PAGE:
Michael MacKay, Radio Lemberg, 11.12.2018
International Human Rights Day is December 10. This years marks the 70th anniversary of the signing of the Universal Declaration of Human Rights in Paris. Far from celebrating, the world is taking note of the deterioration of human rights. Since Russia invaded Ukraine in 2014, Europe is once more in a state of war. 1.7 million Europeans who live in Ukraine are Internally Displaced Persons – refugees in their own country, made homeless by Putin’s War. Over 70 Ukrainians are political prisoners of the Putin regime, and 24 Ukrainian Navy sailors are prisoners of war after the Battle of the Kerch Strait on November 25.
One of the Ukrainian political prisoners being held hostage by the Russians is Oleg Sentsov. He is a filmmaker and was an activist during the 2013-2014 Revolution of Dignity in Ukraine. He helped Ukrainian servicemen and their families who were besieged by Russian invasion forces in Crimea. Sentsov was abducted by an illegal armed formation in Crimea, Ukraine (Russian-occupied) in April 2014, tortured, put on trial in an illegal court, and ‘sentenced’ to 20 years imprisonment on bogus charges.
For 145 days in 2018, Oleg Sentsov was on hunger strike to bring about the release of all Ukrainian political prisoners being held by the Putin regime. Like him, they are in jails, dungeons, and prison camps in the Russian Federation, in Crimea, Ukraine (Russian-occupied), and in Donbas, Ukraine (Russian-occupied). He was unsuccessful, but his heroic self-sacrifice attracted world-wide attention to the plight of Ukrainian hostages held by the Russians.
The European Parliament awarded Oleg Sentsov the 2018 Sakharov Prize for Freedom of Thought. This is a great honour to the courage and moral integrity of Oleg Sentsov. It is also a public shaming of the evil of the Russian regime of state terrorism to the whole world. The Putin regime refused to allow Oleg Sentsov to receive the Sakharov Prize. Parliamentarians of the European Union presented the award to Oleg Sentsov’s cousin, Natalya Kaplan, who accepted the Sakharov Prize in his stead.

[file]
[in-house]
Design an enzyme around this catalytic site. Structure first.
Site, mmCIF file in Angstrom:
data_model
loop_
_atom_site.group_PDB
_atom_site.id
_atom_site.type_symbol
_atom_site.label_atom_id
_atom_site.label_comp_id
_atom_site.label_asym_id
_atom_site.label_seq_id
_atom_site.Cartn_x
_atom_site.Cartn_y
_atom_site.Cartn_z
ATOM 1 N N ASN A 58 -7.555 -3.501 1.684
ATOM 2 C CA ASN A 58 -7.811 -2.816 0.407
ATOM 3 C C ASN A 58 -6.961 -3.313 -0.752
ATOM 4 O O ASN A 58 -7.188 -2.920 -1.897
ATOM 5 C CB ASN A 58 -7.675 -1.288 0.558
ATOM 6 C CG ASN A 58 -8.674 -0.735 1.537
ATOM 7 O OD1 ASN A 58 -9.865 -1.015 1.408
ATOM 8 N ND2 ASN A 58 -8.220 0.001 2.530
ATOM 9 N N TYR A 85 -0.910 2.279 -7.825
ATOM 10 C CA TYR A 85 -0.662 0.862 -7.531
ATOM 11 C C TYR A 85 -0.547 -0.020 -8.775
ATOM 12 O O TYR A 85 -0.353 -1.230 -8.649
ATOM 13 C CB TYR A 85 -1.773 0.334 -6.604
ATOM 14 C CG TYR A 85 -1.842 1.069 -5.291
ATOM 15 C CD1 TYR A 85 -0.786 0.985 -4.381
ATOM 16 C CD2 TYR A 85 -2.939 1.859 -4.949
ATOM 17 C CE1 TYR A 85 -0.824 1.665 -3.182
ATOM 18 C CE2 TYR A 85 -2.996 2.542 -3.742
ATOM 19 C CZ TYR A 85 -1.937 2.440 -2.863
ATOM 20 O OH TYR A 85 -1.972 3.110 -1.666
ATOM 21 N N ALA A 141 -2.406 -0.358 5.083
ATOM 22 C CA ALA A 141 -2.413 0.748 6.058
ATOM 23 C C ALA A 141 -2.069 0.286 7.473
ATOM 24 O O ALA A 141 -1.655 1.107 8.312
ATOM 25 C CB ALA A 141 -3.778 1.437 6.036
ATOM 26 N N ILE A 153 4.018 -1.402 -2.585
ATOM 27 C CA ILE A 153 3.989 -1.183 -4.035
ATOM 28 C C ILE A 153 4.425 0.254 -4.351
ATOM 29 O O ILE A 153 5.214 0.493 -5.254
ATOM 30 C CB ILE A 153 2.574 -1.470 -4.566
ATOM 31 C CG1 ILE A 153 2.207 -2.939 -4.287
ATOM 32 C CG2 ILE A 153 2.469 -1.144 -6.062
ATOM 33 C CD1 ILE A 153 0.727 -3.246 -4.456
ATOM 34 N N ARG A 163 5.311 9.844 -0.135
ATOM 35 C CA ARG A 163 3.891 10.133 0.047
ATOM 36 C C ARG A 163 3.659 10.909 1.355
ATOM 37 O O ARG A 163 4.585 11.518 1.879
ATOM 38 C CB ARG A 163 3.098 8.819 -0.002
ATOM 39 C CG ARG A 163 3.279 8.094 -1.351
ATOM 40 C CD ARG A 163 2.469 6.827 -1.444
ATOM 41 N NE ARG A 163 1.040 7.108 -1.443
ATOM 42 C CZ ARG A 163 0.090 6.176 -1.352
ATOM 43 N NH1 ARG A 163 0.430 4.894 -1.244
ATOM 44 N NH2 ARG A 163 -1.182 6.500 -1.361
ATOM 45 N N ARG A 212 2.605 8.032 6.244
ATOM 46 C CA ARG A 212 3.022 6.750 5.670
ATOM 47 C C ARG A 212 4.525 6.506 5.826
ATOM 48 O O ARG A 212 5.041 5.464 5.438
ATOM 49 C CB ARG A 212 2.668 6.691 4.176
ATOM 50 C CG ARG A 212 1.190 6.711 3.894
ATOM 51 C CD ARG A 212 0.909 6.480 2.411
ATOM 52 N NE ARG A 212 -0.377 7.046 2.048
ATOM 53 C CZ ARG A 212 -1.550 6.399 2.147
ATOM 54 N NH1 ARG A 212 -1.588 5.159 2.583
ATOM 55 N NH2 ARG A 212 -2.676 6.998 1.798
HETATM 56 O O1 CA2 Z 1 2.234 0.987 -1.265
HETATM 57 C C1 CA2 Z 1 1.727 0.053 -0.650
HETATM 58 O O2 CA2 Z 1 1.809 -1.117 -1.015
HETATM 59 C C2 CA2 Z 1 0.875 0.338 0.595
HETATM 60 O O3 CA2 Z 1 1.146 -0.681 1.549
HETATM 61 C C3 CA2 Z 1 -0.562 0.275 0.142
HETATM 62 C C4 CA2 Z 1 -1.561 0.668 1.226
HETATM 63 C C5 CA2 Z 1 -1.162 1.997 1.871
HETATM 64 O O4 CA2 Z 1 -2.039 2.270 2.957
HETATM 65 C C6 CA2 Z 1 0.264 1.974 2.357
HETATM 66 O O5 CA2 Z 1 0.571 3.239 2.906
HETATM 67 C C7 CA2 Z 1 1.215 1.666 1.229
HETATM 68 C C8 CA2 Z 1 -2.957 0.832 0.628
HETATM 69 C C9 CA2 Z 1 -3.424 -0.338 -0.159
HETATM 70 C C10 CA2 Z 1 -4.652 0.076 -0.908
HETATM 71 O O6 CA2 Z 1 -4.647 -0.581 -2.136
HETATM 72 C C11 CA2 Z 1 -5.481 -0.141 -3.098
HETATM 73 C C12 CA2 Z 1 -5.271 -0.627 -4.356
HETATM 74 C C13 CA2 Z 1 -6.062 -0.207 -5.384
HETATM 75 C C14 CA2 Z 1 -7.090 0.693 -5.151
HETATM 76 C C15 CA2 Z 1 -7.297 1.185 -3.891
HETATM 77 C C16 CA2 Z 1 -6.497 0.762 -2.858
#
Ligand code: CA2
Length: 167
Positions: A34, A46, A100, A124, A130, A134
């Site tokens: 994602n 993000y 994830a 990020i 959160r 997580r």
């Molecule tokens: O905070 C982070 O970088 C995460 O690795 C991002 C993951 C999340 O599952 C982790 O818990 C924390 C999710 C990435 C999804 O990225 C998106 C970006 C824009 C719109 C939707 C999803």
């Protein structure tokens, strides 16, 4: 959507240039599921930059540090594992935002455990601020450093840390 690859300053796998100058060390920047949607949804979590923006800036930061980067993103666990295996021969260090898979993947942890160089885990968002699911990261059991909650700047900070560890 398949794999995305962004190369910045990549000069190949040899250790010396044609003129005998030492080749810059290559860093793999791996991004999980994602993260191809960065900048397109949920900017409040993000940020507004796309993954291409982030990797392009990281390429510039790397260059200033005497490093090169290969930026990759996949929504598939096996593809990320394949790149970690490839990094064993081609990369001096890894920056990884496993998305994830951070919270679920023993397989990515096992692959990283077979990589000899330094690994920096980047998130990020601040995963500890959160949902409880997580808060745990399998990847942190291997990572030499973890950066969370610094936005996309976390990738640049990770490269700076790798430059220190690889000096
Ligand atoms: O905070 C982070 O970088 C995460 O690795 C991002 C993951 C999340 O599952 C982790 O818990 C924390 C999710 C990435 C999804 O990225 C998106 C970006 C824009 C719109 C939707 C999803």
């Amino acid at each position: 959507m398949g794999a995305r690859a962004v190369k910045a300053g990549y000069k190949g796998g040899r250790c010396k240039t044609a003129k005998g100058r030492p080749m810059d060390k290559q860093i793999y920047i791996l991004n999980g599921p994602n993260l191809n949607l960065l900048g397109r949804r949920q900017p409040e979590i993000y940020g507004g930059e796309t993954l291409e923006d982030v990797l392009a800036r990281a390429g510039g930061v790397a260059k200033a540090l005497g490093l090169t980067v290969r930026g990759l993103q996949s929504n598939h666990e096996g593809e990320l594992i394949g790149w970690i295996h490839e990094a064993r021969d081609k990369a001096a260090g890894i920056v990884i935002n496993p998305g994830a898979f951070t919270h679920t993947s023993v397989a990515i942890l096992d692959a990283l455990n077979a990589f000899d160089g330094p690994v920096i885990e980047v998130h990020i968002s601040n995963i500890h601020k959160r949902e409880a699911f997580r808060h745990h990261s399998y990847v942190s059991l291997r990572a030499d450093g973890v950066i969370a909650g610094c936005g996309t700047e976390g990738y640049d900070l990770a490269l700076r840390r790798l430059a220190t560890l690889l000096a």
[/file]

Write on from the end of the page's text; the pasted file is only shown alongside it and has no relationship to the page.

Rebecca Harms was instrumental within the European Parliament to award the Sakharov Prize to Oleg Sentsov. She is an MEP in the Group of Greens/European Free Alliance and a strong supporter of Ukraine and international human rights. After the presentation ceremony, Rebecca Harms tweeted: “Nataliya Kaplan thanks the European Parliament in the name of her cousin Oleg Sentsov: He doesn‘t want to be a hero. He wants freedom. He wants to make films. While awarding #SakharovPrize 2018 we promise to increase our efforts to #FreeSentsov #LetMyPeopleGo”
The European Union took practical action on International Human Rights Day to counter Russian aggression and abuse of human rights. The EU Council sanctioned nine organizers of the illegal so-called 'elections' in the Russian-invaded and occupied territories of eastern Ukraine. Despite being warned not to by the international community, the Russian occupation regime in Donbas conduct fake elections on November 11 that were actually an exercise in propaganda theatre. Included in the new sanctions by the EU is Leonid Pasechnik. He is the figurehead of the so-called “Luhansk People’s Republic,” a terrorist group created, financed, and armed by the Federal Security Service of the Russian Federation.
On International Human Rights Day it it is important to call out the Russian Federation for its grave violations of the Universal Declaration of Human Rights. Russian invader-occupiers are torturing Ukrainian citizens, subjecting them to cruel, inhuman or degrading treatment or punishment – especially Crimean Tatars and loyalist or activist Ukrainians. Ukrainian citizens like Oleg Sentsov have been subjected to arbitrary arrest, detention, and exile. Ukrainian citizens have been convicted of ‘offences’ for acts which were committed before the Russian Federation’s invasion of Ukraine and which never were crimes in the first place. In Crimea, Russian invader-occupiers have deprived Ukrainian citizens of their nationality and forced Russian passports upon them. The Russian aggressor has arbitrarily deprived Ukrainian citizens of their property – stolen from them – in Crimea and Donbas. The Russians have wiped out freedom of speech, freedom of assembly and association, and freedom of religion in the territories that they illegally occupy. The Putin regime has forcefully conscripted Ukrainian citizens into the Armed Forces of the Russian Federation. Representative democratic institutions with legitimate authority have been destroyed in Russian-invaded and occupied territories of Ukraine.
These are just some of the violations of the Universal Declaration of Human Rights which the Russian aggressor is committing. On the 70th anniversary of the signing of this noble document, the civilized world must dedicate itself to stopping the Russian Federation’s war against Ukraine and ending the gross violation of human rights being committed by the Putin regime of state terrorism.